History of the Mole Dagbon state

Mole Dagbon People

Stories and facts

The Mole Dagbon state is a coalition of ethnic groups tracing their lineage to a common ancestor. These groups belong to the Western Oti-Volta Gur ethno-linguistic family, residing in six West African countries: Benin, Burkina Faso, Ghana, Ivory Coast, Mali, and Togo. Collectively, they are known as the Mole-Dagbon people.

The Mossi-Dagbon, also called Mabia or Mole-Dagbon, form a meta-ethnicity of over 30 million people across West Africa. The Mole/Mossi/Moore people predominantly live in Burkina Faso, while the Dagbon people are mainly found in Ghana. The term "Gur" was historically used to describe this group, but "Mabia" is now more commonly used.

The Mabia ethnic group comprises various peoples, including Dagomba, Mossi, Mamprusi, Nabit, Talni, Kamara, Kantosi, Hanga, Kusasi, Gurene, Nanumba, Builsa, Dagaaba, and Wala. Notable individuals from the Mabia ethnic group include Yusuf Soalih Ajura, Susanna Al-Hassan, Samata Angel, Ibrahim Bancé, Mahamudu Bawumia, Blaise Compaoré, Paul-Henri Sandaogo Damiba, Inusah Fuseini, Fancy Gadam, Naa Gbewaa, Sherifa Gunu, Haruna Iddrisu, Maccasio, Aliu Mahama, Ibrahim Mahama (artist), Hamza Mohammed, Thomas Sankara, and Maurice Yaméogo.

In Ghana, the Mole Dagbon state includes the Dagomba (Dagbamba), Mamprusi, and Nanumba people. The Mole Dagbon is the second-largest ethnic group in Ghana, with an estimated population of 5,197,937 as of 2019. The Dagbon territory covers about 88,000 km².

The Mole Dagbomba people are an amalgamation of two groups: the Yaanabihi (descendants of Tohazie) and the Tindaamba (land priests), also known as Dagban Sabila. The Yaanabihi are descendants of a renowned warrior and hunter named Tohazie, whose lineage traces back to Egypt through King Shabarko.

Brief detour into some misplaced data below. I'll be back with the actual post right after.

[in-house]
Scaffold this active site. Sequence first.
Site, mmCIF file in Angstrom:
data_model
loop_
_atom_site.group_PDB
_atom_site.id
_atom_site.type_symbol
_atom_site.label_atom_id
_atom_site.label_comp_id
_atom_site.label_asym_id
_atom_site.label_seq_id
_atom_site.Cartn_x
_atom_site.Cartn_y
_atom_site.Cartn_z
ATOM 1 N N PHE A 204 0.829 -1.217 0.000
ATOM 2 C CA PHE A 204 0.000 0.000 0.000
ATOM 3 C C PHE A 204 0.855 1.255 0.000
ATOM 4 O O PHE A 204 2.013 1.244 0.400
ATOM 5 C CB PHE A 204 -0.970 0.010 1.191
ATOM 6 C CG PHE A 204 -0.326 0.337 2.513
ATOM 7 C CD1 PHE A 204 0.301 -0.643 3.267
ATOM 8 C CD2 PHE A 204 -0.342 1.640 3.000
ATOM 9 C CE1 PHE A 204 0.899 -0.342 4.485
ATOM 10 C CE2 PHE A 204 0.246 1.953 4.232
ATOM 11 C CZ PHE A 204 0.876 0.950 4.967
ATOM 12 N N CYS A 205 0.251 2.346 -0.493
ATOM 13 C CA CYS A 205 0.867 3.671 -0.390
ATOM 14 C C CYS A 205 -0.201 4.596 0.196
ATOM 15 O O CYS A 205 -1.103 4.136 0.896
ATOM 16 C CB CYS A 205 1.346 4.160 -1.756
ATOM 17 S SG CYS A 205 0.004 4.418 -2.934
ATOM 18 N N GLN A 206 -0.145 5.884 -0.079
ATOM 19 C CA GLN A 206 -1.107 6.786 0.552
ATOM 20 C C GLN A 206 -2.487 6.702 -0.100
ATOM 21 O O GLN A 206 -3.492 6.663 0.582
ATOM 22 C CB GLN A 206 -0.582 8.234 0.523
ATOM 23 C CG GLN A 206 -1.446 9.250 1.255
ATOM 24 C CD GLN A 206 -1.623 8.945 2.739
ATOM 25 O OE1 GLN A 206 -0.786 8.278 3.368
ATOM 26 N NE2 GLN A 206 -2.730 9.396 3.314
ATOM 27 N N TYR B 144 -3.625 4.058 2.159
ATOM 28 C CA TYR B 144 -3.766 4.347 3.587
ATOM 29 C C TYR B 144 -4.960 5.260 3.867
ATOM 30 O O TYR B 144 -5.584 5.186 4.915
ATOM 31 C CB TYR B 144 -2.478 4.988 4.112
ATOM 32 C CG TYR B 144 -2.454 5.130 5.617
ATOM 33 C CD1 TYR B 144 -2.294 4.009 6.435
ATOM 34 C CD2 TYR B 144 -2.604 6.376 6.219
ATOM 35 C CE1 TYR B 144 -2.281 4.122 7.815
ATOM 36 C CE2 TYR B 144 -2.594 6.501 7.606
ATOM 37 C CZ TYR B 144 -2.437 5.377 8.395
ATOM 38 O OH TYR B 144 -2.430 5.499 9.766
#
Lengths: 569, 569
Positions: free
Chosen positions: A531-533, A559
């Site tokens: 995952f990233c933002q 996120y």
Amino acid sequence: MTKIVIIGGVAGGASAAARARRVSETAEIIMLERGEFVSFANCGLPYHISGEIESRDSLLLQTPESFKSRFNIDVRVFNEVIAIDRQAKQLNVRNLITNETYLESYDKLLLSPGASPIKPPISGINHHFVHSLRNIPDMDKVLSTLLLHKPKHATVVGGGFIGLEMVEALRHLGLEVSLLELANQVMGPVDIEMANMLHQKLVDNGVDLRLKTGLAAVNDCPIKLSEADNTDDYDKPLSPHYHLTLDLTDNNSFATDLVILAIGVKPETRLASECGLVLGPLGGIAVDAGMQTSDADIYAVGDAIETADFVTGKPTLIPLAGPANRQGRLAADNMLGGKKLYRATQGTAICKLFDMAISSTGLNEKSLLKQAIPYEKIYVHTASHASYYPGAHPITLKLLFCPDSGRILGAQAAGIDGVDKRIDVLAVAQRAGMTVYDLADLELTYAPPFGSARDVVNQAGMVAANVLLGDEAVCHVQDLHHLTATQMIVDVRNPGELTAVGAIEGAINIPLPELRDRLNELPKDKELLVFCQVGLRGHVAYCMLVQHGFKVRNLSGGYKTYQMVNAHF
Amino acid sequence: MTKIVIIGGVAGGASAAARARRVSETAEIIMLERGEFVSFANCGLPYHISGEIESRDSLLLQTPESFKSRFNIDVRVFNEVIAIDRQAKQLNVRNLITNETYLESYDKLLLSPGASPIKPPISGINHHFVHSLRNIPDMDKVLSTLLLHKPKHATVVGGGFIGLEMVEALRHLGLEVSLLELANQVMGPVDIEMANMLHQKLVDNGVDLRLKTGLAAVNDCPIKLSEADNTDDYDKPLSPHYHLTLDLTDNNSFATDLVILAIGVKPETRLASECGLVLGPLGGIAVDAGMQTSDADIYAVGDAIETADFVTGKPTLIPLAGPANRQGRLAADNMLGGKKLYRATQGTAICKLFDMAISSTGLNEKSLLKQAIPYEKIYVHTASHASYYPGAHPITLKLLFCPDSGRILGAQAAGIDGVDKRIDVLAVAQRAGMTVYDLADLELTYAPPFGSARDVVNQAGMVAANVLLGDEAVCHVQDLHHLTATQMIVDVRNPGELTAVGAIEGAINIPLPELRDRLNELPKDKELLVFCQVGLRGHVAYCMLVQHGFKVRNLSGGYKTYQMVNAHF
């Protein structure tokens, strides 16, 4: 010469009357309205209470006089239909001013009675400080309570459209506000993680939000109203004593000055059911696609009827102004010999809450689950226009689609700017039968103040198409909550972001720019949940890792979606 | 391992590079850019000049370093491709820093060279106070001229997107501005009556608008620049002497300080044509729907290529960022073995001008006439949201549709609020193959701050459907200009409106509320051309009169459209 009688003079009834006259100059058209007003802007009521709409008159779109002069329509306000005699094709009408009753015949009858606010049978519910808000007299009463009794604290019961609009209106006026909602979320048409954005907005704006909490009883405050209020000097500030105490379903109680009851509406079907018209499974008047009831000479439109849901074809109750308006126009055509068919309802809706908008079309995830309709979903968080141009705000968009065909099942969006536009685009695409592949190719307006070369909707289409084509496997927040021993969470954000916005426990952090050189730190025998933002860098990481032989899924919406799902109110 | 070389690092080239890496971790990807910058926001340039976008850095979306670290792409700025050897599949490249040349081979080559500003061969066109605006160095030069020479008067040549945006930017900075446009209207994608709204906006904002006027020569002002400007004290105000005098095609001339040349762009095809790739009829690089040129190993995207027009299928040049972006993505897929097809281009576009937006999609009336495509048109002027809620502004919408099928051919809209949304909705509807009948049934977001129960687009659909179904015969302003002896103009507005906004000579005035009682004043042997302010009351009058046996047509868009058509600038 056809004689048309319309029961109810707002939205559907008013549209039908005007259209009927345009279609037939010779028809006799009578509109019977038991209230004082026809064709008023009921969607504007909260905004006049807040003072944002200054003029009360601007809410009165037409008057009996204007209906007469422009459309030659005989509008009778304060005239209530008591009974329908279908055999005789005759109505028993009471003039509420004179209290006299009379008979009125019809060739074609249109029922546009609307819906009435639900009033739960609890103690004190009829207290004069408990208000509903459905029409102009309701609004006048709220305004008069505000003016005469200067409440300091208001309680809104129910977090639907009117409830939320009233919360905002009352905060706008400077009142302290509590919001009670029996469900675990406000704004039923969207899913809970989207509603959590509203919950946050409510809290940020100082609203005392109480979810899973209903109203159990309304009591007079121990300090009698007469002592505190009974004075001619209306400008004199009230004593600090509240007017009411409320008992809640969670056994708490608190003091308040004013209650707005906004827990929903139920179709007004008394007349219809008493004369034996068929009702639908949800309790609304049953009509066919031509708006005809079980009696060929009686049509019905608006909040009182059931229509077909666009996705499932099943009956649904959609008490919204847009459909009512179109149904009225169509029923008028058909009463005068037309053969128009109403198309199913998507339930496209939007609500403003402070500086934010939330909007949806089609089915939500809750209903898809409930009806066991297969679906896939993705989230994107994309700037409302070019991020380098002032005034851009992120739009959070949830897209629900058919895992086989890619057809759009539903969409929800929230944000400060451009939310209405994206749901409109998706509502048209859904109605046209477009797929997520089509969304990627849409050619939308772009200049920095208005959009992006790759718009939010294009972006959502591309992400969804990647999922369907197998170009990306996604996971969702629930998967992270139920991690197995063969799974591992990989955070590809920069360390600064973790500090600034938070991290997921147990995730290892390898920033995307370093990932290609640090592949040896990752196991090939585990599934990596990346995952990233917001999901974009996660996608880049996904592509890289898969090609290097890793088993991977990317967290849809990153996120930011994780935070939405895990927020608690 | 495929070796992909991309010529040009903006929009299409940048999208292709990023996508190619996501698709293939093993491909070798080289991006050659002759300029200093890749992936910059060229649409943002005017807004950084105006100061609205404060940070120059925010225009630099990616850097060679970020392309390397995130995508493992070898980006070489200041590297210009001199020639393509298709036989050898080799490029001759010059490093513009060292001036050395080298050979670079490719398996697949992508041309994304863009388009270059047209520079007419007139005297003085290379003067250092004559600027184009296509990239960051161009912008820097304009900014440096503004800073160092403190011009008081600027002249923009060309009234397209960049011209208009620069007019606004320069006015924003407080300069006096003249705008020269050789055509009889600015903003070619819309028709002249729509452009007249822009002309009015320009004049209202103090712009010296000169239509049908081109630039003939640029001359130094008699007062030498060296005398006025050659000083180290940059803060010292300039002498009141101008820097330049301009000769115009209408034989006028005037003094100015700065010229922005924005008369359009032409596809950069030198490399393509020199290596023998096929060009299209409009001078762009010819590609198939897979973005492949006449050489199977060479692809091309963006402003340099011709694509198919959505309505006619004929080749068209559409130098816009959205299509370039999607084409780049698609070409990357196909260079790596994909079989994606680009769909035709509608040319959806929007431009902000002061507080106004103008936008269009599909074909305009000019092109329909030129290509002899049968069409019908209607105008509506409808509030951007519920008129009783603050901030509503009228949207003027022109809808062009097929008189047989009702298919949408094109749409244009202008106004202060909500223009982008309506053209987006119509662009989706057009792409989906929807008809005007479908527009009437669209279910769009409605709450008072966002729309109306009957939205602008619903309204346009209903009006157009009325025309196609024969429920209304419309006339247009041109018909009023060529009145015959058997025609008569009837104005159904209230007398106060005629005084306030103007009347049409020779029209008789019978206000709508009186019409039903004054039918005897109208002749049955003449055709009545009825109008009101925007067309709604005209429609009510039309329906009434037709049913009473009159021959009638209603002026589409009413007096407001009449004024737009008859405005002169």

Tohazie, born in Massari around the 11th to 12th century, migrated through Morocco, Chad, and finally to Gombe Zamfara, where his son, Tohazie, was born. Tohazie, known as the "red hunter," migrated to Mali during a severe drought. His heroism in killing a wild bull that terrorized a village earned him a wife and established a cultural tradition among the Dagbon hunters.

Tohazie's descendants continued to migrate and establish their own communities. His grandson, Gbewaa, eventually settled in Pusiga, in present-day Ghana, where he created a chieftaincy system known as NAM. This system reserved leadership for male descendants of Naa Gbewaa.

Naa Gbewaa's children and descendants founded various states, including the Dagbon, Mamprusi, and Nanumba kingdoms. Notable figures such as Princess Yemtori (Yenega) also contributed to the establishment of the Mossi Kingdom in Burkina Faso.

Naa Gbewaa's legacy endured through his progeny, who expanded their influence across West Africa. His descendants established independent kingdoms, each with distinct chiefdoms and traditions. The Mole Dagbon people continue to honor their ancestral heritage and maintain strong cultural ties across their communities.

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